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What a fine weekend. I got home Friday evening, did some dishes, packed some things, cleaned the house a bit, and then Heather and I set out for Santa Cruz, the jewel of the central California coast, the true home of my heart, the place we'll move if we ever get rich.

We arrived at the original House on Maple Street around 9 p.m. to find a party well in progress. It was Scott's 26th birthday, and he'd gone out to dinner with many of his friends, most of them fellow astronomers, and they'd returned for further merriment. Scott was also celebrating a paper he wrote (first-authored, anyway), which is getting some very positive popular attention, in which he put forth a technique by which amateur astronomers can work to discover planets in distant solar systems via a collaborative technique not unlike the distributed-computing approach that SETI@home uses. It's been a long time since backyard enthusiasts have been able to contribute substantively to astronomy, and this is a way for them to once again give something back to the field they love.

Drinking and conversation and so forth ensued. Mmm, gin and tonic. Mmm, beer. Mmm, Jack Daniels. (Though I don't recommend drinking Jack Daniels and Hansen's Black Cherry Soda, even if there isn't any Coke and it seems like the best compromise.) I finally saw a copy of the hardcover of my collection, because Scott had one (it looks awesome). Eventually the party broke up, and Heather and I retired to the loft for a few brief hours of sleep. Why brief? Because of the band review, one of the few things about Santa Cruz that I don't miss. Once a year there's a high-school marching band competition. It starts at 7 a.m. It begins in Scott & Lynne's neighborhood. So we woke to bass drums and shouting drum majors and horns and loudness. But earplugs and heads-under-pillows prevailed, and so we managed to sleep in a bit.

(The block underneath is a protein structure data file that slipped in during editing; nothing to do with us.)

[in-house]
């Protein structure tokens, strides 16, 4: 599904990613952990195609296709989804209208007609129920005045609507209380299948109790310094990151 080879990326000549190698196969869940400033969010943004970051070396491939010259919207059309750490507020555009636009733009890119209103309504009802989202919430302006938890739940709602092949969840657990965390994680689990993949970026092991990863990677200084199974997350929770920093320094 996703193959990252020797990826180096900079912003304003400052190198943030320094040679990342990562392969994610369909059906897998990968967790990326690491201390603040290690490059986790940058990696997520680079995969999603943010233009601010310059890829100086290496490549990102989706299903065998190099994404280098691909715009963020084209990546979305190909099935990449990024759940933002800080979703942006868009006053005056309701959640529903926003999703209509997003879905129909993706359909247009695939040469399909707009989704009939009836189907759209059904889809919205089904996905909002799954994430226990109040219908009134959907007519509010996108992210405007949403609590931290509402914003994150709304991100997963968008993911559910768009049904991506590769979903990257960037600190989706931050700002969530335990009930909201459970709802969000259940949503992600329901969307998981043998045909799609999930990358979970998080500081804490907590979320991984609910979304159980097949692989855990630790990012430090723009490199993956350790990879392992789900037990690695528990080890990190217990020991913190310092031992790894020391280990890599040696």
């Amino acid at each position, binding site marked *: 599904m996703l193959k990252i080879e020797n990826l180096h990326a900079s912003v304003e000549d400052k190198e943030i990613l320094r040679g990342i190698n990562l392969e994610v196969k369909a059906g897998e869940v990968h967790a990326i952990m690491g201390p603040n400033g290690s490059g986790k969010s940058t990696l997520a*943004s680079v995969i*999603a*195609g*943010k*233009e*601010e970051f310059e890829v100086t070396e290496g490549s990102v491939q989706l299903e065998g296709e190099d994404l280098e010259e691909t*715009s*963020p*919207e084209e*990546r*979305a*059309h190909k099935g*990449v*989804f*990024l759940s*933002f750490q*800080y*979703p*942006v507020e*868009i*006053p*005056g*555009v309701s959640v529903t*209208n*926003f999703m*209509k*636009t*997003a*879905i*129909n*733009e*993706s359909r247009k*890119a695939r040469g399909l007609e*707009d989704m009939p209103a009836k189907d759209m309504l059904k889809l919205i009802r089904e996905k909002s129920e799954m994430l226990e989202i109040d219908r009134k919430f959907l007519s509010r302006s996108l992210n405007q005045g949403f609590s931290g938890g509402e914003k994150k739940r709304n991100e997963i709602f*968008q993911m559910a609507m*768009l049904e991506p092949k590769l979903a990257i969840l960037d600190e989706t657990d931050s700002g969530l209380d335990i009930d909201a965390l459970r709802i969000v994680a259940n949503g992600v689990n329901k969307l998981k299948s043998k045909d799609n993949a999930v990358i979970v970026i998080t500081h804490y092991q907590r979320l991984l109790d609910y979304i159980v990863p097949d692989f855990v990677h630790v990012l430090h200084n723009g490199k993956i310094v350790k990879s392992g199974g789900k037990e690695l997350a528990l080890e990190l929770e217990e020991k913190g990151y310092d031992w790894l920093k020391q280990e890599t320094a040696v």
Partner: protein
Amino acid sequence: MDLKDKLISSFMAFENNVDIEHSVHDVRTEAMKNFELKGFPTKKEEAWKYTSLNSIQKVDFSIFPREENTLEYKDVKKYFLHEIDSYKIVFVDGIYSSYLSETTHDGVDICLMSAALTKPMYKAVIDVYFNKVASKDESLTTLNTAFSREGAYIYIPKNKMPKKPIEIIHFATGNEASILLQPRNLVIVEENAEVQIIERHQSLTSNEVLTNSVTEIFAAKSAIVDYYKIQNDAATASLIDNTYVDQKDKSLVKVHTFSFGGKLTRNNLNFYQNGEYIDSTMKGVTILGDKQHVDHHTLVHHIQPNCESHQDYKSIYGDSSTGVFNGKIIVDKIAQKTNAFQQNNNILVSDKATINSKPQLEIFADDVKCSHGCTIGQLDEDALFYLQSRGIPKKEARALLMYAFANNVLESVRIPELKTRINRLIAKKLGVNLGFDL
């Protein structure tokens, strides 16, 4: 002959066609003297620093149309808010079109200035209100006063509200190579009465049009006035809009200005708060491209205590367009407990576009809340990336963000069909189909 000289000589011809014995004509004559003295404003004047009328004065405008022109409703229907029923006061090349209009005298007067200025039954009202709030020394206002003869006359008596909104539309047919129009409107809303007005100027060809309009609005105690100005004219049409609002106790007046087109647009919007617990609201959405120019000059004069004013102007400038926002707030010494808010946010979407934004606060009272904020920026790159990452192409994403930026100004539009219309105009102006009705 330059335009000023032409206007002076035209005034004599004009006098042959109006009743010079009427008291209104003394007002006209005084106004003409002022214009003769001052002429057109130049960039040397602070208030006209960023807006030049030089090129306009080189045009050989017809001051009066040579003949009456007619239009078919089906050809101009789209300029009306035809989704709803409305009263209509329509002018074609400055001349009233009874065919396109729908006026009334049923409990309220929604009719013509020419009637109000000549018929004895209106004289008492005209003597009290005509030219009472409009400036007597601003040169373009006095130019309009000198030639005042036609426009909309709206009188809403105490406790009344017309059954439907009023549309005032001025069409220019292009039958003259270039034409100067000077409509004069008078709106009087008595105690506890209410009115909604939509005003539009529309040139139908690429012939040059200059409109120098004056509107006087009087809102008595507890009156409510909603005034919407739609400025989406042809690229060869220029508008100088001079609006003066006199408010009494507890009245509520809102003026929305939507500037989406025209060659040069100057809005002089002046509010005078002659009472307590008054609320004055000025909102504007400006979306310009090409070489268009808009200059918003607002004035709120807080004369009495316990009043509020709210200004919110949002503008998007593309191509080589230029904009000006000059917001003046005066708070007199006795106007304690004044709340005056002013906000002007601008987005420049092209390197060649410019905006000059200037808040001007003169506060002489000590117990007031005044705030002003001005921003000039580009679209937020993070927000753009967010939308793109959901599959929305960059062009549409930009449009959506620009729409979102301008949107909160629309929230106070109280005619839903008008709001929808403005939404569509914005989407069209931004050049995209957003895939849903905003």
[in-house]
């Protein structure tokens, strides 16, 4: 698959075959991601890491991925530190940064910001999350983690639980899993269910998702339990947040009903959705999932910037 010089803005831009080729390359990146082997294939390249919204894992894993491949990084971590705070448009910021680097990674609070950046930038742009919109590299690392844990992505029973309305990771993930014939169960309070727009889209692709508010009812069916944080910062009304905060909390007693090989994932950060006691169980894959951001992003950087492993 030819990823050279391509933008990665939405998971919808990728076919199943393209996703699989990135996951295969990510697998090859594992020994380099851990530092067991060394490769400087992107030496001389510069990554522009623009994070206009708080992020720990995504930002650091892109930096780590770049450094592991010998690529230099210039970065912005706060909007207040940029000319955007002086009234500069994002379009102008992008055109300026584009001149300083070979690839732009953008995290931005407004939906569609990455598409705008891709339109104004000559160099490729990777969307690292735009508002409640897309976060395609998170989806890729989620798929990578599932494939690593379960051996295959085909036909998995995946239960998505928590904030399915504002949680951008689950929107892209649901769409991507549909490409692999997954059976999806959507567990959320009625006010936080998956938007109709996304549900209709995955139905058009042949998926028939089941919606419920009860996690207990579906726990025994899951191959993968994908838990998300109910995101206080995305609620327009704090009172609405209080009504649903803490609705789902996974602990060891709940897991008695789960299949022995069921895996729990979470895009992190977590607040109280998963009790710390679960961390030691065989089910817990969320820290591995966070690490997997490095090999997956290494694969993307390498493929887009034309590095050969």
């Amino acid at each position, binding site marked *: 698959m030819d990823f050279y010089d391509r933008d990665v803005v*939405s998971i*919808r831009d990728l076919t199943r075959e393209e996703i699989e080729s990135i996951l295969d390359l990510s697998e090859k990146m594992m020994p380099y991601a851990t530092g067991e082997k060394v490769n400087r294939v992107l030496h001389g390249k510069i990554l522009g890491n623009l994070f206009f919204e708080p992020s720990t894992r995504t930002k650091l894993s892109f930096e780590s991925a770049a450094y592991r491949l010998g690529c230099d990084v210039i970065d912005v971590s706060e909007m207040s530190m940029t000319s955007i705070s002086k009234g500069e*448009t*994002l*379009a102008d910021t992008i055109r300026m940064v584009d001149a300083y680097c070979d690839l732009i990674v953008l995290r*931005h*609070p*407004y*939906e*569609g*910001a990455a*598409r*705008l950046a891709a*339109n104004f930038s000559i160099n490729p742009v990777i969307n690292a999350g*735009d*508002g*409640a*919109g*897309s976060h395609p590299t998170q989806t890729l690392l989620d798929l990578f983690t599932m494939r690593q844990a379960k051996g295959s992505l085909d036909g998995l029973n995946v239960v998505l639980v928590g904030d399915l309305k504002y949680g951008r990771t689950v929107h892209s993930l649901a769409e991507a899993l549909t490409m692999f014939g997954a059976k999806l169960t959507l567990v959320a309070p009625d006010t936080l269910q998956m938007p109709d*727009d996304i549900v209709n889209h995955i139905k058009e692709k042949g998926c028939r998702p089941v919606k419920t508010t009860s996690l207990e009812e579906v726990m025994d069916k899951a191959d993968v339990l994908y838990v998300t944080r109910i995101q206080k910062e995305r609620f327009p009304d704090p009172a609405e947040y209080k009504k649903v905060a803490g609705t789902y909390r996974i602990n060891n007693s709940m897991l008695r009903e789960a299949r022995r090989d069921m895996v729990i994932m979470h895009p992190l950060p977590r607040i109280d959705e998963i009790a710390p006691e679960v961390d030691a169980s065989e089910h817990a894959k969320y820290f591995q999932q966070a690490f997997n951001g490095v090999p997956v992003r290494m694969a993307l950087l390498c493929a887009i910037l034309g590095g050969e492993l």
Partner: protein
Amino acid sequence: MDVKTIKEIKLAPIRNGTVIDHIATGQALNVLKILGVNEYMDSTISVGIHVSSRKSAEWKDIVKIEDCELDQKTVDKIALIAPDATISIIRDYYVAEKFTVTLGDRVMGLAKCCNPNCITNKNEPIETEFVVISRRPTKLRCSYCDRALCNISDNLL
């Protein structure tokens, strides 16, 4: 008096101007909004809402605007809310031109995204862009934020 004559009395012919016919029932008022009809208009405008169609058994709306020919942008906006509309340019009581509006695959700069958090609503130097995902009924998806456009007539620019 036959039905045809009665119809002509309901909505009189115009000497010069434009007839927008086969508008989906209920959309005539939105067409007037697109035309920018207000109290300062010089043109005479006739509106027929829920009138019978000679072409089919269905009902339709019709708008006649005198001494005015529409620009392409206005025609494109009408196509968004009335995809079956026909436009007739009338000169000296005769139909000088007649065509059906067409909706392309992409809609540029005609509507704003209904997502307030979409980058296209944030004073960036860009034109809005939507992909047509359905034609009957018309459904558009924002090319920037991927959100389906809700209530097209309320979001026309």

We ambled around Santa Cruz that afternoon, having lunch at the Walnut Ave. Café, browsing a bit in Logos, and going to see Bubba Ho-Tep, which is without a doubt the best "Elvis and JFK Team Up to Fight a Mummy" movie in the history of cinema. (Actually, I thought it was a great film all around, and very true to the original Lansdale story.) We saw the movie in the Del Mar, which I'd never been inside before (except when it was decked-out as a haunted house on Hallowe'en) -- it wasn't renovated until after I moved away. It's beautiful, a grand old theater with cool bas-reliefs, but a very modern sound system and good seating. After that we went to Pergolesi, my favorite café in all the world, and drank mocha chai and played Oh Hell. Mmm. Perfection. We did some shopping at New Leaf (which always reminds me of my story "Little Gods", since that story begins in the juice aisle of New Leaf, though the store isn't named in the text), then retired back to the house for an evening of wine, fine Indian food prepared by master chef Scott, and many hours of Trivial Pursuit. (I did not win either game, but I held my own admirably -- they were both quite close games all around.) We finally went to bed around 4 a.m. Lynne was the only one of us still fully conscious by that time, because she's still on astronomer-time, having just come off a week of observing (during which she had the opportunity to shoot a giant laser at a certain orbiting taikonaut, though of course she didn't).